All of Dawes’ hard work means that she hasn’t completely felt the effects of lockdowns in her native Vancouver. “To be completely honest, I’ve been self-quarantining for months now,” she laughs, “I’ve been working eight to nine hours a day to get this label up and ready for the launch. Keeping creative and busy isn’t an issue for me right now. But I have been doing puzzles, yoga classes from my phone, going for long walks just to get a bit of real oxygen, and a whole lot of online window shopping.”
So how are these practices contributing to a more sustainable fashion industry? Kristin Mallison gives us the numbers: “I haven’t used new materials in about four years. Every piece of fabric I use is salvaged from some recycled source or another, and I am committed to continuing with this approach. Because I’m not consuming anything new, I feel like my practice is both mindful and fun. We all have our fair share of stresses, and the last thing I’m aiming to do is to put more stress on the well-being of the planet.” Currently, Mallison has finished work on a one-of-a-kind, fifteen-piece capsule collection focused on sustainability for Urban Outfitters’ “Urban Renewal Earth Day Initiative” that launches April 27.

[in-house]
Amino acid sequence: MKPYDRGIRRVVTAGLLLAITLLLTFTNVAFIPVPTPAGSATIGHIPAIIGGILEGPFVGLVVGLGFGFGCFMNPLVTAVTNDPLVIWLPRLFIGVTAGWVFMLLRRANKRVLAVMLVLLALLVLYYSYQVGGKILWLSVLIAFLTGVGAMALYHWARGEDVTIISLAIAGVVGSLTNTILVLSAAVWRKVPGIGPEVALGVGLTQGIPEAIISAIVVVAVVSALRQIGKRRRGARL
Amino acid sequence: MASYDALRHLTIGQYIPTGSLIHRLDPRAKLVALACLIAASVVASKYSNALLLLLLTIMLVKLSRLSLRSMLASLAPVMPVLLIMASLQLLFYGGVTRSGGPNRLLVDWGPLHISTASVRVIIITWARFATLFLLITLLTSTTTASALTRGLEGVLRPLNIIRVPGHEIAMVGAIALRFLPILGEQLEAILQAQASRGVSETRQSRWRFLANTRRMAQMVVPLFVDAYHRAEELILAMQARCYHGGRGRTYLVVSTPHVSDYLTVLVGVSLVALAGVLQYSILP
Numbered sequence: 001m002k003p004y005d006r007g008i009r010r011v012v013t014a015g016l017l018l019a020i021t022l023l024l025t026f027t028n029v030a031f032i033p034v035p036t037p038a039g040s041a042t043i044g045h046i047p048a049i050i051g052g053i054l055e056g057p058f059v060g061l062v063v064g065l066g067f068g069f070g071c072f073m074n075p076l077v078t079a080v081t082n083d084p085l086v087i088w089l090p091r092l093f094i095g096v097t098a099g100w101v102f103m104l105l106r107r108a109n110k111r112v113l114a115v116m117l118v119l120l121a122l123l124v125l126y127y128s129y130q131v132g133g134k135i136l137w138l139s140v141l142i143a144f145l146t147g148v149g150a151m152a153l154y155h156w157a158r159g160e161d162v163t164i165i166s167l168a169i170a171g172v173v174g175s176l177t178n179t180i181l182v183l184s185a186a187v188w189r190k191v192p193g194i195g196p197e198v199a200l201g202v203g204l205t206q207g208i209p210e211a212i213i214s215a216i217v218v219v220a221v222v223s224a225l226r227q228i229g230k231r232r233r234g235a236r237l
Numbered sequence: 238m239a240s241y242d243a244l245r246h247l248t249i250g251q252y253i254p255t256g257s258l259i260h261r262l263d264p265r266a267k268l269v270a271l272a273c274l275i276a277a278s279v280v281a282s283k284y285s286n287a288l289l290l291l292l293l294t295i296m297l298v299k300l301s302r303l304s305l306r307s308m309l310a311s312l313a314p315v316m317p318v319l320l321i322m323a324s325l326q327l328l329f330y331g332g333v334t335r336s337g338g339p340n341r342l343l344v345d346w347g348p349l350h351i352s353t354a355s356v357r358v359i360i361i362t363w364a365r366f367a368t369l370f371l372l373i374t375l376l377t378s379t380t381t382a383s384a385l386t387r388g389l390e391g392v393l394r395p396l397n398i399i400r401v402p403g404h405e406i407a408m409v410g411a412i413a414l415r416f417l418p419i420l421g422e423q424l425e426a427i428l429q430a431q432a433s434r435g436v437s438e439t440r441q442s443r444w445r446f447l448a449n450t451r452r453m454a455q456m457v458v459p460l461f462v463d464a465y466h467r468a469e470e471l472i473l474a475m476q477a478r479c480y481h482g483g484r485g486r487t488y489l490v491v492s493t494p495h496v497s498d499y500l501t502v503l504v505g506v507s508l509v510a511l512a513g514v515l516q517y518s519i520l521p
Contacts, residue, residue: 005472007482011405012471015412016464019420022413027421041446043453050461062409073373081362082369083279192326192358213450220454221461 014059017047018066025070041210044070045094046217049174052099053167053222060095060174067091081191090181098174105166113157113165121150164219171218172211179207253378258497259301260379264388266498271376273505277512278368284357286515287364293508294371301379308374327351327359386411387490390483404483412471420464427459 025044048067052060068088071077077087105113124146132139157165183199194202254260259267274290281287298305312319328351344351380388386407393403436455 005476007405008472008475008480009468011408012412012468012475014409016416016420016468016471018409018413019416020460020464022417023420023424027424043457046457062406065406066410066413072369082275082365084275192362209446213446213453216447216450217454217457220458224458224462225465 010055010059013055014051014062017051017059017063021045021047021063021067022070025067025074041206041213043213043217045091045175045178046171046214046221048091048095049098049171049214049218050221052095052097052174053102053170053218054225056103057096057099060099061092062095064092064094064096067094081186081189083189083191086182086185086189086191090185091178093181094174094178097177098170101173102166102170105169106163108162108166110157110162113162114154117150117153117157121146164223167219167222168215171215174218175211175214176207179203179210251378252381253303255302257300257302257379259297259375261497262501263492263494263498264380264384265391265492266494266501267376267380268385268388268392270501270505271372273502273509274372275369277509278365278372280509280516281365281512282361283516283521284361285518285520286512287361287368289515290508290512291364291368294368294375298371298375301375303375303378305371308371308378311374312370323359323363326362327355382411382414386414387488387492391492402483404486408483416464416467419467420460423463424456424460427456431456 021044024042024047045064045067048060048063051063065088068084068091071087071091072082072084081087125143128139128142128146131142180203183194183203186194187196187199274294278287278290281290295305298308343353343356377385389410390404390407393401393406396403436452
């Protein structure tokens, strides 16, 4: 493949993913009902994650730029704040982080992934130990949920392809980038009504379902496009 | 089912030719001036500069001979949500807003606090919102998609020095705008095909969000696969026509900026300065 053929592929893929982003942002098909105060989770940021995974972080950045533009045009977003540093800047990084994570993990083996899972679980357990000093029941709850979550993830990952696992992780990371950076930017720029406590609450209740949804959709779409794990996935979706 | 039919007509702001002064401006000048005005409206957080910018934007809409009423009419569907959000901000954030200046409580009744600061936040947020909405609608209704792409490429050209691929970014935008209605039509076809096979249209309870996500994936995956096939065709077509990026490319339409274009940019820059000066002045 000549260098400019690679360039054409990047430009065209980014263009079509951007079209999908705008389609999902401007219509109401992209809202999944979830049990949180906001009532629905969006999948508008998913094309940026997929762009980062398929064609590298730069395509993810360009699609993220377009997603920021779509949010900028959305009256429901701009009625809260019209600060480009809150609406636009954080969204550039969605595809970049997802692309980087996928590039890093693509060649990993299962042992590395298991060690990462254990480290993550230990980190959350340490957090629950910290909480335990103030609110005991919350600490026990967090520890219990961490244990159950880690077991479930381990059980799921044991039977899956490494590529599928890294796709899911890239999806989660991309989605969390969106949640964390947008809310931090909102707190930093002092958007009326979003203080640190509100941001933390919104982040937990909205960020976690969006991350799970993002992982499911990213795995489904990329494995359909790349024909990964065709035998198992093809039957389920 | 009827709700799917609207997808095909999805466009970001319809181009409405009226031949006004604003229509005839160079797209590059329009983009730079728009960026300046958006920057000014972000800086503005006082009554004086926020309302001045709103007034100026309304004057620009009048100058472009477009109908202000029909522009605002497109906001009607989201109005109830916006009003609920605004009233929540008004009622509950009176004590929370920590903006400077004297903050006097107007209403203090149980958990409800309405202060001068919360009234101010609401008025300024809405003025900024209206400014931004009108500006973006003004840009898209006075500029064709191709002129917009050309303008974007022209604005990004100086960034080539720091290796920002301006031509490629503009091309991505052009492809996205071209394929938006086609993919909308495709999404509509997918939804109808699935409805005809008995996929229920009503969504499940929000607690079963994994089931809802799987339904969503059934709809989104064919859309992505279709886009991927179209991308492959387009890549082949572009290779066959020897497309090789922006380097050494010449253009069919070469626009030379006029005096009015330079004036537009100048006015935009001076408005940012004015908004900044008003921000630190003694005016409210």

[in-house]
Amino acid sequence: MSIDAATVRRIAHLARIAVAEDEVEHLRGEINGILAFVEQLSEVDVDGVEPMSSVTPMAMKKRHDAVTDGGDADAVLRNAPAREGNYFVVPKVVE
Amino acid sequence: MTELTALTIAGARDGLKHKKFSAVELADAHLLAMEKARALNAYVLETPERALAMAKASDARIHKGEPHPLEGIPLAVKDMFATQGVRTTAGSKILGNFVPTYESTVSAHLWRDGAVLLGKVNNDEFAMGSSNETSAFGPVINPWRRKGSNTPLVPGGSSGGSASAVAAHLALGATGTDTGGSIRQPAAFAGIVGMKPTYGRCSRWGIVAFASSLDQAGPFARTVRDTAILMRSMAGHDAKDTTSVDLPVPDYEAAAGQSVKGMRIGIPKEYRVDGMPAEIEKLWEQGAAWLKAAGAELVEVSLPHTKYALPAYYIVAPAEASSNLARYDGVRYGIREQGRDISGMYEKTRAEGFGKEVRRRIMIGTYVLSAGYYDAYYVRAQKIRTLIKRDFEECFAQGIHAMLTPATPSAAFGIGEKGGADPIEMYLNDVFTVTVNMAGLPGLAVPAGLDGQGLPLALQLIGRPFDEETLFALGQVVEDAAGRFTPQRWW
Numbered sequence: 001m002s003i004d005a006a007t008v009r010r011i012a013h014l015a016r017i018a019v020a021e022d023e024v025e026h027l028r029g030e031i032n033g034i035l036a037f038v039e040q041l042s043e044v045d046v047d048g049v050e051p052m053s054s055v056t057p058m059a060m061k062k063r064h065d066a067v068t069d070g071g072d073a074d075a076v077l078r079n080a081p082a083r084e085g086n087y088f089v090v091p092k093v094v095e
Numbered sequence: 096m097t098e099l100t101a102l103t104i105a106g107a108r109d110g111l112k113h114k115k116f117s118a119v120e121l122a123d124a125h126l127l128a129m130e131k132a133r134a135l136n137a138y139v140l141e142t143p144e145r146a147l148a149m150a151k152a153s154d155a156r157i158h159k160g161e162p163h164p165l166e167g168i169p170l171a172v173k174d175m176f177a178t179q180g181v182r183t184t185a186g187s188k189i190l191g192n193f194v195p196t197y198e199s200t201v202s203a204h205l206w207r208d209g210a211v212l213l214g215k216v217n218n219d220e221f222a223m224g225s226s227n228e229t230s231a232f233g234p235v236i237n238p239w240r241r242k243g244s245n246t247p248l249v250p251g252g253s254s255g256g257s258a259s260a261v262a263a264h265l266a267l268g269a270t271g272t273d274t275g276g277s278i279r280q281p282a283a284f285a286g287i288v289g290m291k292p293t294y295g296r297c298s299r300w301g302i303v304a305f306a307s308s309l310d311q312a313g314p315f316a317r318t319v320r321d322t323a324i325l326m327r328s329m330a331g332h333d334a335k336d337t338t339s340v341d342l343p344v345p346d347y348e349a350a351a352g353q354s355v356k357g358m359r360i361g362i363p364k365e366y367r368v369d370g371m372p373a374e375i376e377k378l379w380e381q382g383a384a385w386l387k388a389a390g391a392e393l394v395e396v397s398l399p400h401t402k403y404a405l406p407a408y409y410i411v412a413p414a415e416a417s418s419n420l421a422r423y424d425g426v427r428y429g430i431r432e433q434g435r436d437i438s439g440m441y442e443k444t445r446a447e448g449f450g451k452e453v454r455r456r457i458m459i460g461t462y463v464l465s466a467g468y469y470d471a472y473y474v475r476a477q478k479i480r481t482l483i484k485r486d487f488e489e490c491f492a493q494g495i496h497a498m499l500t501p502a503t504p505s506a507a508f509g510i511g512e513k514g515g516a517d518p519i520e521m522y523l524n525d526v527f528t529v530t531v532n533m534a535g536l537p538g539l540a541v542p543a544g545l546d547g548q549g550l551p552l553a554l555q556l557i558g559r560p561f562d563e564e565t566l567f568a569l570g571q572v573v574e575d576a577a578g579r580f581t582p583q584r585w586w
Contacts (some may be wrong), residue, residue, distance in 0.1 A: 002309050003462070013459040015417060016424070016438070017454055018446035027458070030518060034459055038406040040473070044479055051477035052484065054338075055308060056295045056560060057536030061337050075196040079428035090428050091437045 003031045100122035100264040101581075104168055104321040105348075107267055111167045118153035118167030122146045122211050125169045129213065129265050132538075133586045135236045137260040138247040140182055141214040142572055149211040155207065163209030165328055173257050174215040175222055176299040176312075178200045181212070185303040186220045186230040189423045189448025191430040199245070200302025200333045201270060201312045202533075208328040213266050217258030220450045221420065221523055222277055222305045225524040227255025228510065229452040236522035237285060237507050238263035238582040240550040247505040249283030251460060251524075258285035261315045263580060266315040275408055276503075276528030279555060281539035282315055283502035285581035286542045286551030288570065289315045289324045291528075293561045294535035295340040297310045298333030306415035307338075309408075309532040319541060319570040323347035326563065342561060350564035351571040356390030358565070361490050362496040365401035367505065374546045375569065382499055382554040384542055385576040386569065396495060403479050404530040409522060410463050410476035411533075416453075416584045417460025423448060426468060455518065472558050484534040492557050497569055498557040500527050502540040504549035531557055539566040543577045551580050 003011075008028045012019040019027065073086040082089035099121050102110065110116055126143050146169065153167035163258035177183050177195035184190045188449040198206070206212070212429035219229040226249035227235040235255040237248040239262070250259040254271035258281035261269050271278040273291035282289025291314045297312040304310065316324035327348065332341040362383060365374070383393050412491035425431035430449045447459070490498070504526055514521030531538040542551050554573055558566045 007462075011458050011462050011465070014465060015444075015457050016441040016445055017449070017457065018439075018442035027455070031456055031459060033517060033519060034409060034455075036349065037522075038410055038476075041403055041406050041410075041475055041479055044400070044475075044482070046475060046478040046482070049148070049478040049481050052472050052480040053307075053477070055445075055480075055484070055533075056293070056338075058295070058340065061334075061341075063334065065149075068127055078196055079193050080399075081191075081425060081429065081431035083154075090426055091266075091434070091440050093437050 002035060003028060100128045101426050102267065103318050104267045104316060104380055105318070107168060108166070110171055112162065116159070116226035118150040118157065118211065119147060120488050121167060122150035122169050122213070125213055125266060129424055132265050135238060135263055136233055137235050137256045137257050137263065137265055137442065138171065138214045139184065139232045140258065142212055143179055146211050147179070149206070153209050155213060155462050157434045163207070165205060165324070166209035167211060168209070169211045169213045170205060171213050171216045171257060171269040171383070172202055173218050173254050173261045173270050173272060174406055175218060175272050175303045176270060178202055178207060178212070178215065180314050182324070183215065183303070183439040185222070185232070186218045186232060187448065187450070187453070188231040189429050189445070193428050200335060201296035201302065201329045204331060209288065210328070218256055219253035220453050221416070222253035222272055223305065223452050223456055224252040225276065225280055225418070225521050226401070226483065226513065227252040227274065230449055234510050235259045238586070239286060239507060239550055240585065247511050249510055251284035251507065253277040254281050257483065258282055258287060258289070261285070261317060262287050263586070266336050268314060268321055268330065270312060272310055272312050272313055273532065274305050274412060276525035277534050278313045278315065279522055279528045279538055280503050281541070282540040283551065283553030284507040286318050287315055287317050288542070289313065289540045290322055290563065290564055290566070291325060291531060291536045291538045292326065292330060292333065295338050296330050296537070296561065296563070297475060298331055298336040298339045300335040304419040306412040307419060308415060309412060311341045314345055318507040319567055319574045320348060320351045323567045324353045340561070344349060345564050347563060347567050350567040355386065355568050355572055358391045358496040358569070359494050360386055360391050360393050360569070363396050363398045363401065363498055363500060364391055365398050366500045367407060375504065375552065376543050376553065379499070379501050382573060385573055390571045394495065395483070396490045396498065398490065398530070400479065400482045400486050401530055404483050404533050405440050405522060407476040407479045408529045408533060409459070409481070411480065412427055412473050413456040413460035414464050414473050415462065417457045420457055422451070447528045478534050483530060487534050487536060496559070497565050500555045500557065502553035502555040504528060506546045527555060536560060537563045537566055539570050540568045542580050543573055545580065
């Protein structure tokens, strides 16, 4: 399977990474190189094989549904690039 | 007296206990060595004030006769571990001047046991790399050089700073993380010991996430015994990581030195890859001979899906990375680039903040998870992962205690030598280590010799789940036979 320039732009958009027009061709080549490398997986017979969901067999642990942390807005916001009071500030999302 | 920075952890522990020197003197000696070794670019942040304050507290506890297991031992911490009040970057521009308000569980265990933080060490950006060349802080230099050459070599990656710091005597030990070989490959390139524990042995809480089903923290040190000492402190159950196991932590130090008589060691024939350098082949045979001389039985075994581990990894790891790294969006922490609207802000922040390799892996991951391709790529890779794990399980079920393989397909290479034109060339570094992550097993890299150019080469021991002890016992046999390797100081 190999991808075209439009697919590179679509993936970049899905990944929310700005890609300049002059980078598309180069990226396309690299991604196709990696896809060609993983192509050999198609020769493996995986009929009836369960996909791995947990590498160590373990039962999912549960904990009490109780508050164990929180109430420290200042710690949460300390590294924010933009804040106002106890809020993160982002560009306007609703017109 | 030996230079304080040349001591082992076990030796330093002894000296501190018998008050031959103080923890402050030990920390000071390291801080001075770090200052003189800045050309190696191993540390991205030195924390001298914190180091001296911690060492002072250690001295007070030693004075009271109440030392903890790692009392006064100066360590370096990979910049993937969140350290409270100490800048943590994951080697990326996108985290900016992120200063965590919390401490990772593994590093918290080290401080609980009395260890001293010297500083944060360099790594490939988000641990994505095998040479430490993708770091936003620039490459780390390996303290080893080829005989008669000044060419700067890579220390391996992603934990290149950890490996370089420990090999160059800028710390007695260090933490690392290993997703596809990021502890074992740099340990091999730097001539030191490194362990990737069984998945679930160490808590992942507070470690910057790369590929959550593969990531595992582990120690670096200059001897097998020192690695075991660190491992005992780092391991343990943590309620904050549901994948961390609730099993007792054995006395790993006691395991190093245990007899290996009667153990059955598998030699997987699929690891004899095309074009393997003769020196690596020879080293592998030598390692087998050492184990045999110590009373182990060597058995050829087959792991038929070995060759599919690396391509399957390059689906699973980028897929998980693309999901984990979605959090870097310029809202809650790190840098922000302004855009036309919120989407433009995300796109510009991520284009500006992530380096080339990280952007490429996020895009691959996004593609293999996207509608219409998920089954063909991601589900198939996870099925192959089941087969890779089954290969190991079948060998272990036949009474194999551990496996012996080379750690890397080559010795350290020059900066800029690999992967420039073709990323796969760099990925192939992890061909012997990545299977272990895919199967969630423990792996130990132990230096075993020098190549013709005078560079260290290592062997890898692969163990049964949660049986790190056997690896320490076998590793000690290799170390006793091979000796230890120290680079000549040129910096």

For Tan of Vinti Andrews, the label’s view of sustainability goes beyond clothing. “Our ethos has always been to be as environmentally-friendly as we can. To do more with less and to think about things a bit more. Our London store interior was completely renovated using recycled wood. The floor was made from cutting oak beams from an old garment factory that was demolished.”
“I want Fyo͞ocher to speak to a generation that deeply cares about where their clothes come from,” says Dawes. When launching her label, she had to reconcile her love of design with her contradictory feelings about the oversaturated fashion industry. “How do I do what I love without creating any more waste?” she says, “That’s why sustainability is our main focus. All our garments are made from 100% upcycled or deadstock materials. Our goal is to reduce textile waste at a regional level then move global. We as consumers can change the fashion industry with every purchase. However it’s the people producing the garments that need to make the change first.”